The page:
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Apology Bread

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I've never mastered the bread-baking skills of my grandma. Oh, how I wish I'd paid closer attention. She could bake mouth-watering loaves without fail. 

But I think she knew her bread was really a form of love.

I saw this first hand as a child.
















Grandpa could be gruff. Highly intelligent and savvy in conversation, he had little patience for those who refused to see his logic. 
This was the case when the screen door banged shut, and Grandpa went to his chair without a word. On a normal day his frown lines were deep, now they were reddened with unspent fury.
I silently crept up to the loft. Grandpa believed a child shouldn’t speak, unless spoken to. From my upstairs perch I watched Grandma take some small pieces of split wood and kindle a fire in her wood cook stove. 
Then I watched as she scooped flour into a large mixing bowl. She didn’t measure, she'd done this hundreds of times before.



I was mesmerized by her rhythmic kneading of the dough. She placed the dough in a towel-covere…

Small Beginnings

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Zechariah, the Bible prophet said, “Do not despise small beginnings, for the Lord rejoices to see the work begin.” 

Our business had small beginnings 35 years ago and now we’re seeing small beginnings once again…in our entrepreneurial son, Tommy.
It began as a seed planted in the soil of a college project. Then Tommy graduated, paid his dues as an accountant and financial analyst in the big city business world, and when he felt it was time, he approached the perilous cliff of starting a business and leaped.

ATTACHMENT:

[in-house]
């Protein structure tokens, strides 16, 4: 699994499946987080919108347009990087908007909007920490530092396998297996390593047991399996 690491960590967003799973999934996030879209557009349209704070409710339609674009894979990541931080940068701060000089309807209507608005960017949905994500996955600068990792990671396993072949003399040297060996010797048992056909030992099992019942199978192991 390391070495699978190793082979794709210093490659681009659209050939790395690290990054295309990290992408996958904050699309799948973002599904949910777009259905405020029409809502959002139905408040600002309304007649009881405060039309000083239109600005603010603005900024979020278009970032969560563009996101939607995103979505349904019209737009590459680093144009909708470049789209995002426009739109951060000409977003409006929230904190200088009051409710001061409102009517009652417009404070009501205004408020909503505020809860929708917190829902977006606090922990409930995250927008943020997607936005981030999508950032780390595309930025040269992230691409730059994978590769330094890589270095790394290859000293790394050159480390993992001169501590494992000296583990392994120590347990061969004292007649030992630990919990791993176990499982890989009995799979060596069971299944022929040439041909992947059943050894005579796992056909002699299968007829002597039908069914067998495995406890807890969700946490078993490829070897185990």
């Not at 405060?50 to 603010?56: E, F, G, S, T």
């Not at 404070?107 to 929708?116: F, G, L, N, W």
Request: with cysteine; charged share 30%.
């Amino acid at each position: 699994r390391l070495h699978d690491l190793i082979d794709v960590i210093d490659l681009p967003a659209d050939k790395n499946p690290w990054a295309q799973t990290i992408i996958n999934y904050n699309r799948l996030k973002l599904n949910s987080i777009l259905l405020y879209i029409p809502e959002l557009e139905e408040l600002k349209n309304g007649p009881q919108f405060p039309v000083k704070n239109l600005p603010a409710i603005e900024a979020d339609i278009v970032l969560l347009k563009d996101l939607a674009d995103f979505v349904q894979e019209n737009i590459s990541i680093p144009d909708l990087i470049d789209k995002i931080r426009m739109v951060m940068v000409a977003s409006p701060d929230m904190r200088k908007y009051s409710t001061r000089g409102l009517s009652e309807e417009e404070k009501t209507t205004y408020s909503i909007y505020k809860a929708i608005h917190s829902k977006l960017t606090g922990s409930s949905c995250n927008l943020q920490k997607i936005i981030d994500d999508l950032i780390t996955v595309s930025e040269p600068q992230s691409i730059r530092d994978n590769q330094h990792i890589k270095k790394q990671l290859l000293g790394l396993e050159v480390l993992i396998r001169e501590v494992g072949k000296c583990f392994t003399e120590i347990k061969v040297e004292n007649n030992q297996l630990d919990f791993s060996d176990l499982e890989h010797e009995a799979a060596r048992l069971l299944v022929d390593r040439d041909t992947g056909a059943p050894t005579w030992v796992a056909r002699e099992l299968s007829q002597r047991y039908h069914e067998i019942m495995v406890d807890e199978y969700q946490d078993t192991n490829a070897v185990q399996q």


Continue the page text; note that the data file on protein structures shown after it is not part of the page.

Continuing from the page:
He’d tell you it was the hardest jump—cringe worthy and desperate at times, but the best leap of faith he’s ever taken. Ask people who own their own businesses, why they do it—somewhere in their answer will be the passionate pursuit of their plans. 



I have a great respect for the hard-working Americans in corporate businesses and those serving in government. But statistics reveal that small businesses are the backbone of our economy.
From 2000-2017 small businesses created 8.4 million j…

Facebook Messenger Thanksgiving Plan

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It started with an online message that began, “Shhh, it’s a secret!”  Knowing the sender, she read it and smiled. This was an amazing plan. She made a list for what was needed.
While busy in the kitchen doing her part, her neighbors were busy too. It was an undercover operation—even though social media was used to spread the word. 

In the rural farmland where these neighbors lived, Facebook hadn’t made them more distant; it was actually a great way to know what was happening in their neighbor’s busy lives. 
For most of the farmers, their crops no longer paid all the bills, so they took jobs to supplement their income. They lived in two worlds—going to work in the nearby city and leaving the chores, the planting and the weeding for evenings and weekends. Vacation time was used for their annual harvest.
Then in late October, a layoff happened. One of the neighbors, both the husband and the wife, lost their jobs just as the holidays approached. As farmers, they were used to cutting spending …

More Than A Fire

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The chill outside was so brittle cold that your lungs hurt if you breathed in too deeply. Inside, I watched as he carefully selected two small pieces of wood that had been split apart. 
Settling them inside the wood stove, he took a few shreds of paper and wood kindling crisscrossing them over the two pieces.
Satisfied that it was ready, he struck a match and ignited the paper. The damper was open, drawing the smoke upwards. I watched, fascinated as the kindling caught fire, and soon the two small pieces were burning.